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With isolated binocular targets, the best depth discrimination is found in the fixation plane (Blakemore, C., Journal of Physiology 211 (1970) 599). More recent studies have suggested that stereoscopic thresholds are not always a simple function of absolute disparity, but depend on the relative disparities in the stimulus. Here, we explored the effects of relative disparity in more detail, taking particular care to control for the possibility that subjects might change their binocular eye position or exploit monocular information provided by additional reference cues. Subjects judged the depth of a vertical target line presented above a comparison line in a blank window within a fronto-parallel reference surface composed of randomly positioned dots. On individual trials, the reference surface was presented at one of three disparities (-10, 0 and +10 arc min). To control for changes in binocular eye position, exposure duration was 150 ms, and experimental conditions with different disparities of the reference surface and comparison line were randomly interleaved. To control for monocular cues, changes in threshold were determined with respect to a disparity noise condition that was in all ways identical to the reference plane condition, except that the disparities of the dots were randomly assigned between 10 and +10 arc min. Stereo-thresholds were lowered by a factor of about 2 when the surface was at the same depth as the comparison line. Thresholds were also lowered when the comparison disparity was close to the same depth as the reference surface, but were often raised when the comparison disparity had the opposite disparity sign. These results provide unequivocal evidence that the fundamental sensitivity of the disparity detecting system can be influenced by relative disparity cues that are not related to the task.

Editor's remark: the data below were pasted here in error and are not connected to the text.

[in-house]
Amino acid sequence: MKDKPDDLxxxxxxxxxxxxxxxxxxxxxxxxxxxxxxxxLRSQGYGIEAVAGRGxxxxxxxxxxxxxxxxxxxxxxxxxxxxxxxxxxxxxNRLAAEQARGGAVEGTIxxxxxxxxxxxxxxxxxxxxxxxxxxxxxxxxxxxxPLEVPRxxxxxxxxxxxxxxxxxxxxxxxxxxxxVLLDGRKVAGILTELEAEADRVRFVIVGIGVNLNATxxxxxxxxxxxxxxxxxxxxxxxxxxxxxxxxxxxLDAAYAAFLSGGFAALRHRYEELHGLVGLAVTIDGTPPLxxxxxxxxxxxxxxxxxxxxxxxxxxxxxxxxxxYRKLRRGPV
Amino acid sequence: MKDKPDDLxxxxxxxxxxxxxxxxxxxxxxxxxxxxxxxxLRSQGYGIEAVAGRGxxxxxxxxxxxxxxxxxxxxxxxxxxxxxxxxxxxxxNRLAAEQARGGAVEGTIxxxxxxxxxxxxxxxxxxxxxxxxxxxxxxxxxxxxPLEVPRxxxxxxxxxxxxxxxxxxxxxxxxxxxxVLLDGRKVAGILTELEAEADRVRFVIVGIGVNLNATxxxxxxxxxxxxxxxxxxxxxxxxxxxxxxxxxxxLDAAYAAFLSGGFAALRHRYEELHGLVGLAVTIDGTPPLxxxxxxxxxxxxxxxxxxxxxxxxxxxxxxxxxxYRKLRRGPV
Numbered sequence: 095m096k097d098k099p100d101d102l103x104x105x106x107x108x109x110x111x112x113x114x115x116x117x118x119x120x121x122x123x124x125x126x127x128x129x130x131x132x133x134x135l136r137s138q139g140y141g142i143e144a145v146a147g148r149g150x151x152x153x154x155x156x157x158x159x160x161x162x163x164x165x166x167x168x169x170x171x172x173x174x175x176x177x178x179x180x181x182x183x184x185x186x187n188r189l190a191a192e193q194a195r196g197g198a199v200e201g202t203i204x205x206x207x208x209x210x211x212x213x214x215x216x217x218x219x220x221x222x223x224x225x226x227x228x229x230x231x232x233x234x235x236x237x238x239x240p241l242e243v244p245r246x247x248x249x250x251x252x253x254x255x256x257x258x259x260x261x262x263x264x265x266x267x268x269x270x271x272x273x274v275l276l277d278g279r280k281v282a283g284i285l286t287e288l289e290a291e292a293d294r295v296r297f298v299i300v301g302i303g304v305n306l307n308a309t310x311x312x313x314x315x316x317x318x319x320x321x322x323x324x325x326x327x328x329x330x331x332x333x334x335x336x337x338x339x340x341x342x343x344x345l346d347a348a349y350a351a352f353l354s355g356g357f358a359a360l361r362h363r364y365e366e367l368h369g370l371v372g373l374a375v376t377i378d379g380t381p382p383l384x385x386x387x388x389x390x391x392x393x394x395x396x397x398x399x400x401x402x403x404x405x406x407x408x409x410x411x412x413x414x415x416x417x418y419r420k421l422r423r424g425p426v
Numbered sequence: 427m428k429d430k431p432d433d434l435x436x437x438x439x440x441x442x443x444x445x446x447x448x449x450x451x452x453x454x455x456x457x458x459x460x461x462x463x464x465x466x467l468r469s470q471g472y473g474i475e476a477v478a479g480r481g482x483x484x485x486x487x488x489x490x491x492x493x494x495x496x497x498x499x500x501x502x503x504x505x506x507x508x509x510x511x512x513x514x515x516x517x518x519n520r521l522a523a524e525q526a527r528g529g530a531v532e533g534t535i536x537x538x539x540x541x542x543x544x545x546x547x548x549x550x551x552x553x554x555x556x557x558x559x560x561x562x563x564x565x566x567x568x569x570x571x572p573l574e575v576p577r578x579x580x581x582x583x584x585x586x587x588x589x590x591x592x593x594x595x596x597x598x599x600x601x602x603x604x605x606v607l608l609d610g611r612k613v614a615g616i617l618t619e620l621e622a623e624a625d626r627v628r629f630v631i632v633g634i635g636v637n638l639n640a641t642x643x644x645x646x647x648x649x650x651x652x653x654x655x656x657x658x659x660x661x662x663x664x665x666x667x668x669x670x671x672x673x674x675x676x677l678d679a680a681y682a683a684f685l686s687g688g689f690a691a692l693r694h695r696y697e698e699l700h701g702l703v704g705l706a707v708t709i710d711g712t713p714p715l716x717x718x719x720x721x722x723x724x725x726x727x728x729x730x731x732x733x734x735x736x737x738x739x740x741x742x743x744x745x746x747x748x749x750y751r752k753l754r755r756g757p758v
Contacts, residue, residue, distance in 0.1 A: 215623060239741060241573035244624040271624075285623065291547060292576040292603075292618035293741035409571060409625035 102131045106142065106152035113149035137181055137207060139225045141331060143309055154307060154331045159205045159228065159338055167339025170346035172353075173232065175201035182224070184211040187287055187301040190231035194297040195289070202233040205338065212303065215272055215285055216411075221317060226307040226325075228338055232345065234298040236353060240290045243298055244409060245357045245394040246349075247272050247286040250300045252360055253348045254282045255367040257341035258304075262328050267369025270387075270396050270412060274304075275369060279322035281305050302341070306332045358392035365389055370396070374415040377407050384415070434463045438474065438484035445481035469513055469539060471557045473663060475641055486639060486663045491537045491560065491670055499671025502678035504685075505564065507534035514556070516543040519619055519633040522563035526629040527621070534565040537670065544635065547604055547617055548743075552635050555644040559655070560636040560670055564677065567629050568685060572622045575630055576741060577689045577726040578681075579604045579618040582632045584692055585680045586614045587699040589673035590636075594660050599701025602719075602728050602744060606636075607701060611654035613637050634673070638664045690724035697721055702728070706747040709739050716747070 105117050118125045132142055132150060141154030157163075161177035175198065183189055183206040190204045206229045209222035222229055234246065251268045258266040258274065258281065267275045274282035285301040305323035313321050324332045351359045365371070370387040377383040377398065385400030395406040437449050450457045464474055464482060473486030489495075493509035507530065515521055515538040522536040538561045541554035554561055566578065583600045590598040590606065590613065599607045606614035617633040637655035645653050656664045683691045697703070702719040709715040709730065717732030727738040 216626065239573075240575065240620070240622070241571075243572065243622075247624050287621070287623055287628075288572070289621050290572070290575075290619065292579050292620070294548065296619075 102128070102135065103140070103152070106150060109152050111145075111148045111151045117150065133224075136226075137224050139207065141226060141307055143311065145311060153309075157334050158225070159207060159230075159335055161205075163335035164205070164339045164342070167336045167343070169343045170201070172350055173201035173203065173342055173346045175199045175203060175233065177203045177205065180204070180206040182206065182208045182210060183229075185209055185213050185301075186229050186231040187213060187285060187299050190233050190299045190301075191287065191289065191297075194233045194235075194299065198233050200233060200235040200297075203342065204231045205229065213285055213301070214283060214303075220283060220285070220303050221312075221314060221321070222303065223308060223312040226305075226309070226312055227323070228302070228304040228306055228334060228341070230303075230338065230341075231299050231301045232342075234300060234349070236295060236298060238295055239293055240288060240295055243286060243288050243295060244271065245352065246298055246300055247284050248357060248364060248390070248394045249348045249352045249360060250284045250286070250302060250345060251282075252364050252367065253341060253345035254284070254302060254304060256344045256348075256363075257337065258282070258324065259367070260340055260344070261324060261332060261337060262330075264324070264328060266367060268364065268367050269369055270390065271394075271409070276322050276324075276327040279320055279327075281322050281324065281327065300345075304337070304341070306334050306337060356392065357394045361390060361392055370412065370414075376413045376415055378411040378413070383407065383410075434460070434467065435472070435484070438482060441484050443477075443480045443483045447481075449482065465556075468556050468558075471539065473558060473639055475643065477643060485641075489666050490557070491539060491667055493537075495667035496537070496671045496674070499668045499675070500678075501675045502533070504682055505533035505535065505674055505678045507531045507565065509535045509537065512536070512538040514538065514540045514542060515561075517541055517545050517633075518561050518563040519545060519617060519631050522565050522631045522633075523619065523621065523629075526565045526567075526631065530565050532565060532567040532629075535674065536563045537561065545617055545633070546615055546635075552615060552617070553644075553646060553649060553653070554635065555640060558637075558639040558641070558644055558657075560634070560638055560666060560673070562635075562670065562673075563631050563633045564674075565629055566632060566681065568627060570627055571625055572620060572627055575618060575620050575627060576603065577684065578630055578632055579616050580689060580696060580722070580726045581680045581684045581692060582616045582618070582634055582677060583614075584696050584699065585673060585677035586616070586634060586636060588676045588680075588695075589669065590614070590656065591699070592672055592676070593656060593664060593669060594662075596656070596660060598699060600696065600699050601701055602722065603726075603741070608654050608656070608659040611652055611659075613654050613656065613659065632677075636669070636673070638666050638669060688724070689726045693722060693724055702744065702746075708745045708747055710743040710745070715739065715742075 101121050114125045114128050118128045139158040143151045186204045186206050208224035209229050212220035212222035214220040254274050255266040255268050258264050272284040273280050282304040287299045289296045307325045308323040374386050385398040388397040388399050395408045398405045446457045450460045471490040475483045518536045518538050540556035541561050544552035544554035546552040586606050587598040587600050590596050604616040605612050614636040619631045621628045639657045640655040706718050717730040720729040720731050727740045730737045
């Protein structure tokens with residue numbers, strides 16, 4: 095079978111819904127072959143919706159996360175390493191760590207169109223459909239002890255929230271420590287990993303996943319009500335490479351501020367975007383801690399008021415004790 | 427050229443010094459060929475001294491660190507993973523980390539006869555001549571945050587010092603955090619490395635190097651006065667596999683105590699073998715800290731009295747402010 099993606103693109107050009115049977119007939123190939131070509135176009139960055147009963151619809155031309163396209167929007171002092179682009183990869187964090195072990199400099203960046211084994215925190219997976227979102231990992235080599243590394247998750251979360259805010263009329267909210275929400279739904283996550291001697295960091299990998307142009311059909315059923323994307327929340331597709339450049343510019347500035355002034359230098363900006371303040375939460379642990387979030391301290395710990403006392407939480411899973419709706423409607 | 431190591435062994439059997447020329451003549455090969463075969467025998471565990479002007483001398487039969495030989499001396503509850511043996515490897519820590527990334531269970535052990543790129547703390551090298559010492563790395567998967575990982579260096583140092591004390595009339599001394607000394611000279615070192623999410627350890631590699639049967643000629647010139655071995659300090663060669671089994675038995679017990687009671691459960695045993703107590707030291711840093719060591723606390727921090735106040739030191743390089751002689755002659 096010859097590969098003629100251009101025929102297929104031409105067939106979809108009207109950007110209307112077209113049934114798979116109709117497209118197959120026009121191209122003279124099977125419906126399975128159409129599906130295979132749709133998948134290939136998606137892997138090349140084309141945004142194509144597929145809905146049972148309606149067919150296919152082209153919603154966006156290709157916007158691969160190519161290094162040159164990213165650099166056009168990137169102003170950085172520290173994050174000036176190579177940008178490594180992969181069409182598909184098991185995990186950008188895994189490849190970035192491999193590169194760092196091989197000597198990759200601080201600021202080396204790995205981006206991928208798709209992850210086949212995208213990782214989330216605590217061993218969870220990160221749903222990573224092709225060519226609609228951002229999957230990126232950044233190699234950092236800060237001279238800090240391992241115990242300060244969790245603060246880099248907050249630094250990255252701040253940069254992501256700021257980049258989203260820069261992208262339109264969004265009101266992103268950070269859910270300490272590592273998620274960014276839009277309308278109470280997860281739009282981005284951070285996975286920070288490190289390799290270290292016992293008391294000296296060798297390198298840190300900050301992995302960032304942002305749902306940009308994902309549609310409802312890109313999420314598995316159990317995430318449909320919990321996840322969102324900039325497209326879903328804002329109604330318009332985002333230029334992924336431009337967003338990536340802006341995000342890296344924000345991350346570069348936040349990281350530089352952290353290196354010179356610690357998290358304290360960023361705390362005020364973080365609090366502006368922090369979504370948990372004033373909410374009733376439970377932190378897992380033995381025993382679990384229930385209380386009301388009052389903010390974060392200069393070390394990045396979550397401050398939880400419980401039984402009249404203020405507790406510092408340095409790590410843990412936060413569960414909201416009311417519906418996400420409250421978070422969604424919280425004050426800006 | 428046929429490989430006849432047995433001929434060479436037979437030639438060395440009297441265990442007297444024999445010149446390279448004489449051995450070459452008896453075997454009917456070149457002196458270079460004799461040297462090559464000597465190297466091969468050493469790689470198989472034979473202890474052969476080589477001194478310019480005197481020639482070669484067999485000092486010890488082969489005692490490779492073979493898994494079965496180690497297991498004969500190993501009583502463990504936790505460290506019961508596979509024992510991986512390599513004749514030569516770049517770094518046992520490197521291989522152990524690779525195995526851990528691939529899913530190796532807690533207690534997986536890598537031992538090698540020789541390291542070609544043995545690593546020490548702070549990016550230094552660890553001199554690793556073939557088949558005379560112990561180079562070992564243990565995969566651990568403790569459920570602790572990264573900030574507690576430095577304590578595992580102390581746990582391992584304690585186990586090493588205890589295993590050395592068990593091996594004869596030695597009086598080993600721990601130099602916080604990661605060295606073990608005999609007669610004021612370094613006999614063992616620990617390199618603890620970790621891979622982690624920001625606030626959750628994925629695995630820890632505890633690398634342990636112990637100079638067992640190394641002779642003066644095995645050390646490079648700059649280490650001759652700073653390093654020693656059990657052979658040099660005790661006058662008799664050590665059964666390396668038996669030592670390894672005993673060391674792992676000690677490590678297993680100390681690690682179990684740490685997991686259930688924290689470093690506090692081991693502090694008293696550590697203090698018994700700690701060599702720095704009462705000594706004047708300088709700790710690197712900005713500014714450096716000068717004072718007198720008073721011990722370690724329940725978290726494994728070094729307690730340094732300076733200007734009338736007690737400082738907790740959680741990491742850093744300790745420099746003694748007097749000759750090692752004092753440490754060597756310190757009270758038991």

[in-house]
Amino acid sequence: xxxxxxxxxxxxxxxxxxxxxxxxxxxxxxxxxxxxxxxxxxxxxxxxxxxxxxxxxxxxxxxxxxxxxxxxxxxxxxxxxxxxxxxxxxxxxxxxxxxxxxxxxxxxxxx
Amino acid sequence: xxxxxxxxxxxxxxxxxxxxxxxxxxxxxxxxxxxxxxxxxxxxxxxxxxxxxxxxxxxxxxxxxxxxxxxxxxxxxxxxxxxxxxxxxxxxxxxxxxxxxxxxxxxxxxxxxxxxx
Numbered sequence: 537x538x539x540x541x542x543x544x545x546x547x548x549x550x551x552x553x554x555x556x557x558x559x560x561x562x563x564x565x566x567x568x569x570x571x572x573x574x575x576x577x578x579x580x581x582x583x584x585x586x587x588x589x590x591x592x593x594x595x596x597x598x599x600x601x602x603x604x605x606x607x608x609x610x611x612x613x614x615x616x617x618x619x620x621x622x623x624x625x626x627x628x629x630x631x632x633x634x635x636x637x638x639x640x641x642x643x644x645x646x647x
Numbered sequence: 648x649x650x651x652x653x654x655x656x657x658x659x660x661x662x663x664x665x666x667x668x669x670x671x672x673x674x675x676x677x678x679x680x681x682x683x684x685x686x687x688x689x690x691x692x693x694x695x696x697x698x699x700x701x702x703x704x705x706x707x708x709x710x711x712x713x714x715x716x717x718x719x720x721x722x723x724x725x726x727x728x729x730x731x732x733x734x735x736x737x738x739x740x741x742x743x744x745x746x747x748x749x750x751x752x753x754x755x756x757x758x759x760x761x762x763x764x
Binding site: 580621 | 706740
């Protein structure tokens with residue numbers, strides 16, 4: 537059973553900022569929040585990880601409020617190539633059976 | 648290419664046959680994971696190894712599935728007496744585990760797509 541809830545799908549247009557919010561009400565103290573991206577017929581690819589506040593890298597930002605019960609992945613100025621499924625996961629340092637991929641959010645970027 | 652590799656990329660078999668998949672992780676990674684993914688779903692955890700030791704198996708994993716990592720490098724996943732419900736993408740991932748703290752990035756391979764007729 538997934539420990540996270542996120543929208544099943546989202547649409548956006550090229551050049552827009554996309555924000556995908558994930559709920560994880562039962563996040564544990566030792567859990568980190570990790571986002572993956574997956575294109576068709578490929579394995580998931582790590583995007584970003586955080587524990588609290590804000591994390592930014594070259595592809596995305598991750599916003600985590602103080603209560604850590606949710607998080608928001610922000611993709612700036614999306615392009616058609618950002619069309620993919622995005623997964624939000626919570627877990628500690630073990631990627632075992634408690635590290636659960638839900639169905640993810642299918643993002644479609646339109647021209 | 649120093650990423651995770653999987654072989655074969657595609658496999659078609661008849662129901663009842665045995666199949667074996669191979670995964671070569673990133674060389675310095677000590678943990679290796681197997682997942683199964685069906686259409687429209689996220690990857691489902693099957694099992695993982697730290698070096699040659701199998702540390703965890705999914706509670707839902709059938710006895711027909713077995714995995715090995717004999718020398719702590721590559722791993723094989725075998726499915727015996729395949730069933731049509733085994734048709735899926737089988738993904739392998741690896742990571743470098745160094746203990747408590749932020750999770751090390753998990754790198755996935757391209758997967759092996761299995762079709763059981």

Journal article


Vision Res

Publication Date





3051 - 3061


Confidence Intervals, Depth Perception, Humans, Likelihood Functions, Normal Distribution, Psychometrics, Sensory Thresholds, Vision Disparity, Visual Acuity